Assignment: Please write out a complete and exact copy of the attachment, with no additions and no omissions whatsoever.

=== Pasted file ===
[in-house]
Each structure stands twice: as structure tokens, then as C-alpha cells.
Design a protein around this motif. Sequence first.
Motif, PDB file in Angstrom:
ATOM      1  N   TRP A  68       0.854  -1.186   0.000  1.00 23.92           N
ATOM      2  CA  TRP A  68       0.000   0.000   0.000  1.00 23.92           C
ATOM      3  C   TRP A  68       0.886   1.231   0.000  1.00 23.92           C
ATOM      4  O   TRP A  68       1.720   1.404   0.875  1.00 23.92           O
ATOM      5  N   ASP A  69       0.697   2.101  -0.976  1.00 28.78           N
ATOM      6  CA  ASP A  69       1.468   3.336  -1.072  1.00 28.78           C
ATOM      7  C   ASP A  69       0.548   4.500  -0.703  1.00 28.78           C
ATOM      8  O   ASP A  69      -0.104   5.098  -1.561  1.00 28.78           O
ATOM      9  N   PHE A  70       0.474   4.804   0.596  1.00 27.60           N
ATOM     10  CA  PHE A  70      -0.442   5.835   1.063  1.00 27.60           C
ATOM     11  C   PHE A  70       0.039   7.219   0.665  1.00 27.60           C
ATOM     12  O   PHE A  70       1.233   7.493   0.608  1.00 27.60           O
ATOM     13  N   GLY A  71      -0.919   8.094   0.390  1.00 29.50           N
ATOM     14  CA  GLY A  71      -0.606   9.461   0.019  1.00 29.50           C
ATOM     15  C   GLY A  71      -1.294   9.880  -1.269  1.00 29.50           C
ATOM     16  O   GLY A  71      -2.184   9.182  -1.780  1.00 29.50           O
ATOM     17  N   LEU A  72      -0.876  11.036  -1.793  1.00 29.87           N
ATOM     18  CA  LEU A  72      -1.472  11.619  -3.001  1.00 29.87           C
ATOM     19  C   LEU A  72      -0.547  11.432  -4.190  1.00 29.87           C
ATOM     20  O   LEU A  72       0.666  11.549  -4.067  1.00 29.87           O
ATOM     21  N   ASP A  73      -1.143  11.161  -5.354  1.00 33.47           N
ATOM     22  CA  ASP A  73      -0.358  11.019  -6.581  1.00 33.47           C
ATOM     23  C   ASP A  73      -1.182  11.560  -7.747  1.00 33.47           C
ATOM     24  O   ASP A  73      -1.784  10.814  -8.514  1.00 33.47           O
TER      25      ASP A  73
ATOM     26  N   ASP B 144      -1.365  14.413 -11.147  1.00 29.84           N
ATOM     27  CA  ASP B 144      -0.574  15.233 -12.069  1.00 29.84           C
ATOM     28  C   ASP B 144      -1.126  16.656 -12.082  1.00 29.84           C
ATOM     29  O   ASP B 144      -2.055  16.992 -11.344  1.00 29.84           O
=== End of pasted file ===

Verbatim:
[in-house]
Each structure stands twice: as structure tokens, then as C-alpha cells.
Design a protein around this motif. Sequence first.
Motif, PDB file in Angstrom:
ATOM      1  N   TRP A  68       0.854  -1.186   0.000  1.00 23.92           N
ATOM      2  CA  TRP A  68       0.000   0.000   0.000  1.00 23.92           C
ATOM      3  C   TRP A  68       0.886   1.231   0.000  1.00 23.92           C
ATOM      4  O   TRP A  68       1.720   1.404   0.875  1.00 23.92           O
ATOM      5  N   ASP A  69       0.697   2.101  -0.976  1.00 28.78           N
ATOM      6  CA  ASP A  69       1.468   3.336  -1.072  1.00 28.78           C
ATOM      7  C   ASP A  69       0.548   4.500  -0.703  1.00 28.78           C
ATOM      8  O   ASP A  69      -0.104   5.098  -1.561  1.00 28.78           O
ATOM      9  N   PHE A  70       0.474   4.804   0.596  1.00 27.60           N
ATOM     10  CA  PHE A  70      -0.442   5.835   1.063  1.00 27.60           C
ATOM     11  C   PHE A  70       0.039   7.219   0.665  1.00 27.60           C
ATOM     12  O   PHE A  70       1.233   7.493   0.608  1.00 27.60           O
ATOM     13  N   GLY A  71      -0.919   8.094   0.390  1.00 29.50           N
ATOM     14  CA  GLY A  71      -0.606   9.461   0.019  1.00 29.50           C
ATOM     15  C   GLY A  71      -1.294   9.880  -1.269  1.00 29.50           C
ATOM     16  O   GLY A  71      -2.184   9.182  -1.780  1.00 29.50           O
ATOM     17  N   LEU A  72      -0.876  11.036  -1.793  1.00 29.87           N
ATOM     18  CA  LEU A  72      -1.472  11.619  -3.001  1.00 29.87           C
ATOM     19  C   LEU A  72      -0.547  11.432  -4.190  1.00 29.87           C
ATOM     20  O   LEU A  72       0.666  11.549  -4.067  1.00 29.87           O
ATOM     21  N   ASP A  73      -1.143  11.161  -5.354  1.00 33.47           N
ATOM     22  CA  ASP A  73      -0.358  11.019  -6.581  1.00 33.47           C
ATOM     23  C   ASP A  73      -1.182  11.560  -7.747  1.00 33.47           C
ATOM     24  O   ASP A  73      -1.784  10.814  -8.514  1.00 33.47           O
TER      25      ASP A  73
ATOM     26  N   ASP B 144      -1.365  14.413 -11.147  1.00 29.84           N
ATOM     27  CA  ASP B 144      -0.574  15.233 -12.069  1.00 29.84           C
ATOM     28  C   ASP B 144      -1.126  16.656 -12.082  1.00 29.84           C
ATOM     29  O   ASP B 144      -2.055  16.992 -11.344  1.00 29.84           O